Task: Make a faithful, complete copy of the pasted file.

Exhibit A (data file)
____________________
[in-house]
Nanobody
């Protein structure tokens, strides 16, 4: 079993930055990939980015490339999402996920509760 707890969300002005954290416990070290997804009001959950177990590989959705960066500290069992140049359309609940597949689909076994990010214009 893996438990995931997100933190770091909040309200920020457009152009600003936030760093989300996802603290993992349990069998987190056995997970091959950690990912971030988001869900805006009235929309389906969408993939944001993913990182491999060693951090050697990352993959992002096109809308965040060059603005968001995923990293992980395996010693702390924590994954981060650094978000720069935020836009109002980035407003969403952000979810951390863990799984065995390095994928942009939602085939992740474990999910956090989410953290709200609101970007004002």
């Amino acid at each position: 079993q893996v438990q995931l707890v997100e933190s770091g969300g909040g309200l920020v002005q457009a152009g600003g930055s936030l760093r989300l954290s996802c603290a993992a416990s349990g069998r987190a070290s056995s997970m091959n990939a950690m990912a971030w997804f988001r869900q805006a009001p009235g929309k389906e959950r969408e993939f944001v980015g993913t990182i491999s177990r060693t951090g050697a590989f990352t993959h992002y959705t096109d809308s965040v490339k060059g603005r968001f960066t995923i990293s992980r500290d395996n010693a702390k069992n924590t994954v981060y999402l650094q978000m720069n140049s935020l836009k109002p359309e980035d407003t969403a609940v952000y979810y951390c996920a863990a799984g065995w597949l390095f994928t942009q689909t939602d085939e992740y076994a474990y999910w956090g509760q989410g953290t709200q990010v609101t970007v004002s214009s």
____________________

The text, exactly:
[in-house]
Nanobody
């Protein structure tokens, strides 16, 4: 079993930055990939980015490339999402996920509760 707890969300002005954290416990070290997804009001959950177990590989959705960066500290069992140049359309609940597949689909076994990010214009 893996438990995931997100933190770091909040309200920020457009152009600003936030760093989300996802603290993992349990069998987190056995997970091959950690990912971030988001869900805006009235929309389906969408993939944001993913990182491999060693951090050697990352993959992002096109809308965040060059603005968001995923990293992980395996010693702390924590994954981060650094978000720069935020836009109002980035407003969403952000979810951390863990799984065995390095994928942009939602085939992740474990999910956090989410953290709200609101970007004002």
């Amino acid at each position: 079993q893996v438990q995931l707890v997100e933190s770091g969300g909040g309200l920020v002005q457009a152009g600003g930055s936030l760093r989300l954290s996802c603290a993992a416990s349990g069998r987190a070290s056995s997970m091959n990939a950690m990912a971030w997804f988001r869900q805006a009001p009235g929309k389906e959950r969408e993939f944001v980015g993913t990182i491999s177990r060693t951090g050697a590989f990352t993959h992002y959705t096109d809308s965040v490339k060059g603005r968001f960066t995923i990293s992980r500290d395996n010693a702390k069992n924590t994954v981060y999402l650094q978000m720069n140049s935020l836009k109002p359309e980035d407003t969403a609940v952000y979810y951390c996920a863990a799984g065995w597949l390095f994928t942009q689909t939602d085939e992740y076994a474990y999910w956090g509760q989410g953290t709200q990010v609101t970007v004002s214009s």